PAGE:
Latin America, great potential of satellite technology for cellular backhaul.
As it is known in the sector, the terrestrial cellular networks already per se, by themselves do not meet the growing demand of the market and it is undeniable that the best complement is satellite technology.
Satellite connectivity not only allows cellular operators to provide the coverage and capacity required by their users and by government entities throughout the territory of a country, but also allows adding value to terrestrial networks. How? When a terrestrial cellular network becomes saturated, the capacity of satellite contingency on demand completes the traffic in an almost undetectable way for the user thanks to the flexibility of the technology that allows to manage more efficiently both the network and the resources required.
This greatly impacts the service experience of users, who today are more connected than ever and who in turn have become more demanding in terms of speeds, therefore a delay in the signal can be critical and negatively impact their experience.
Within this analysis we have identified 3 relevant advantages of using satellite cellular backhaul as the indicated option to connect remote areas:
1. MARKET POTENTIAL IN REMOTE AREAS
Now, remote areas with few inhabitants are not only the ideal opportunity to expand coverage and generate new businesses by increasing the number of users but also some of these are consolidated as desirable tourist destinations in Latin America that require connectivity for their visitors.
Destinations such as Leticia in Colombia, with a population of 42,000 inhabitants and an internet penetration of just 15% in 2016, are being the scenario of important growth opportunities with new schemes for the provision of services and products that force the operator to adjust to the market and environment requirements. An example of this is the recent alliance between the largest mobile phone operator in Colombia and one of the most important satellite service providers in Latin America to strengthen 3G voice and data service in the area.
The city Iquitos, the sixth largest in Peru with 437,400 inhabitants, with non-existent terrestrial connectivity where its access is only by river or air, has become the #22 tourist destination in Latin America, and is amongst the 5 most visited in Peru with more of 100,000 tourists a year and a growing industry, it also supported its connectivity with a satellite cellular backhaul service.
Galapagos Islands in Ecuador which receives more than 200,000 tourists a year with high connectivity requirements also has a satellite cellular backhaul that covers its 25,000 inhabitants and also the demand of tourists with a free Wireless zone. Thus, it becomes the province of Ecuador with the highest internet penetration with 38% coverage.
Additionally, thanks to the various government programs at the departmental level and state policies for communications at all levels, the total coverage of the territory as a requirement to keep operating licenses active and with the general objectives of giving connectivity to all inhabitants, have driven an interesting demand model for the entire value chain of the telecommunications sector.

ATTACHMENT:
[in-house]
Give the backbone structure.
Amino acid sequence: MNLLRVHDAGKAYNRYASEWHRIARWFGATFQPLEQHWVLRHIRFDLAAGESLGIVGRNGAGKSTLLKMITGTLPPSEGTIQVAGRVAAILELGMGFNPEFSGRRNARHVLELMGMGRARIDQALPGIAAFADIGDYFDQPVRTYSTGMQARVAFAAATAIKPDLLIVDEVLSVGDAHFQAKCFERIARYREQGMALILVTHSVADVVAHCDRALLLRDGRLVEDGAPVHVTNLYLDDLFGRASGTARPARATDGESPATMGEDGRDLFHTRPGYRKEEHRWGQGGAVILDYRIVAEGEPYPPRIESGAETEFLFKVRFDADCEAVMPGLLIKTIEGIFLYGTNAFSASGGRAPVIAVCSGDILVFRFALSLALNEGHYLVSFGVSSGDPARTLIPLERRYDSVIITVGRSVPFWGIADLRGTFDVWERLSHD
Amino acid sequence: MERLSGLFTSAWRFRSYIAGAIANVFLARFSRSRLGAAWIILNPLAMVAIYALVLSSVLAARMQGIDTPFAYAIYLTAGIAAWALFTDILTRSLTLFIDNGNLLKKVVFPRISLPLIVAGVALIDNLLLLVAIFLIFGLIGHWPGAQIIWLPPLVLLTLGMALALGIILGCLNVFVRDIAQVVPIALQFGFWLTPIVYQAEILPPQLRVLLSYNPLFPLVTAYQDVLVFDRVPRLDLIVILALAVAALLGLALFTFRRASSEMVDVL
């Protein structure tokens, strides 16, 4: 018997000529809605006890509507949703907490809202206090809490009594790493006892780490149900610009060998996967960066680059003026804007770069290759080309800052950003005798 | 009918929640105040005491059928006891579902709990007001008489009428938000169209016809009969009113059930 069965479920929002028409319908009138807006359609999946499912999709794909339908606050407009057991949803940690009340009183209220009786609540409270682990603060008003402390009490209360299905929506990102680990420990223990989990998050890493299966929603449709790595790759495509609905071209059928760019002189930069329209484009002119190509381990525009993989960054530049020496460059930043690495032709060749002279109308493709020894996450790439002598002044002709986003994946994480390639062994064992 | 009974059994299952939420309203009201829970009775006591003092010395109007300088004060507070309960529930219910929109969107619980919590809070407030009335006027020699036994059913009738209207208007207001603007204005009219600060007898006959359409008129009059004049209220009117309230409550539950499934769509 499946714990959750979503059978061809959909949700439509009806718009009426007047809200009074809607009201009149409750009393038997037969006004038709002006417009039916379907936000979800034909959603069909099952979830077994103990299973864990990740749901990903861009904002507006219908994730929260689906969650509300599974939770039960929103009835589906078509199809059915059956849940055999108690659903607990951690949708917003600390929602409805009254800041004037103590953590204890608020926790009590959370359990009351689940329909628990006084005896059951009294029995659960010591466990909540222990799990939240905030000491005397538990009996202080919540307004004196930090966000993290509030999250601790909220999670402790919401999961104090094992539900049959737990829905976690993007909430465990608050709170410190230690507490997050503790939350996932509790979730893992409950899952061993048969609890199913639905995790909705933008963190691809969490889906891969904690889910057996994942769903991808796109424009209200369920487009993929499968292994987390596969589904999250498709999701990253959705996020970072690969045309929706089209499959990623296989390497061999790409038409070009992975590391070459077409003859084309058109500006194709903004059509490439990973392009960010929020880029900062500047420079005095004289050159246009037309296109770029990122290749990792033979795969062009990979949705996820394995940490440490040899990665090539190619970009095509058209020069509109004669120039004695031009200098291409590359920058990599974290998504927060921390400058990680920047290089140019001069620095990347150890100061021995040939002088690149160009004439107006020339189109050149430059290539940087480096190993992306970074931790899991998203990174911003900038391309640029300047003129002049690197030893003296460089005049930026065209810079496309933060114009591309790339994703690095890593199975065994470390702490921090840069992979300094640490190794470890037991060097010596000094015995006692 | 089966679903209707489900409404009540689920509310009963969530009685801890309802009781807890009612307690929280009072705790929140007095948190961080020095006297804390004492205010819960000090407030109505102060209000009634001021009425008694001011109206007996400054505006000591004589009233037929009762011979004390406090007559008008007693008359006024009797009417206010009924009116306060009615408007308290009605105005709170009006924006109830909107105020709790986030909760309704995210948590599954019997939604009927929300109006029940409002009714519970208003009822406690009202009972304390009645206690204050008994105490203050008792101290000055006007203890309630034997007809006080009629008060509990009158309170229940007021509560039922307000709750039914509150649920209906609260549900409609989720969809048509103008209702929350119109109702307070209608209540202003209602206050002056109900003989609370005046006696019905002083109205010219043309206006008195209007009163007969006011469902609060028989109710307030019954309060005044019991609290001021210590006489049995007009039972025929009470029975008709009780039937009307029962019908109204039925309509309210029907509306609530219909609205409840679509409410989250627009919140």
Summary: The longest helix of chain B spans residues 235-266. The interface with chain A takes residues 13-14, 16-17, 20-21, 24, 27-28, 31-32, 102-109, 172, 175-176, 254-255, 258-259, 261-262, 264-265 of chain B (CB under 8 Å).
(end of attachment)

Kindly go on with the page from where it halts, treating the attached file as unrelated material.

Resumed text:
2. OPERATIONAL COMPETITIVENESS
Cellular backhaul costs have dropped dramatically in recent years. The rapid technological evolution has expanded the available satellite capacity and supply and the demand for it has also been transformed. Today, economic conditions are ideal for operating under cost-efficient and flexible models, allowing operators to grow their network affordably in hard-to-reach areas with low population density.
Before, satellite technology was the last resource used by cellular operators to comply with legal requirements, today, this technology is being used more and more by the operators themselves, managing to expand their networks in a cost-efficient way.
3. EXPONENTIAL GROWTH IN THE DEMAND FOR MOBILE DATA AND HIGH REQUIREMENTS IN THE USER EXPERIENCE
Currently, according to the report on the behavior of the mobile economy in Latin America and the Caribbean in 2017 by the GSMA (mobile operator organization), 9 out of 10 internet users connected from a mobile device, mostly Smartphones, through which they navigate for more than 90 minutes a day, doubling the time on fixed devices. The region has 300 million mobile internet users and by 2020 an increase of 50% is expected to reach 450 million, thus making Latin America the second fastest growing region in the world.
According to the Cisco Visual Networking Index for 2020, 5.5 billion mobile phones are estimated and data consumption will be multiplied by 6 representing 20% of global data traffic. Likewise, mobile network speeds will increase threefold, from 6.8 Mbps to 20.4 Mbps. The use of the mobile network as the main source of connectivity in the region represents infrastructure challenges with significant socio-economic challenges and its rapid growth has stimulated digital economies “Between 2009 and 2013, investments in mobile infrastructure equivalent to 48 thousand million dollars have been made in Latin America and, with the deployment of LTE in full boil, an estimated 64 billion dollars of investment over the next 4 years while migrating to 5G technology ”
This behavior of both the region and consumers requires new alliances between various telecommunications players and a dynamic that evolves into new products that leverage a cost-efficient response for both service providers and users, in order to take advantage of the market opportunity available. Satellite connectivity has and will continue to play an important role in this dynamic.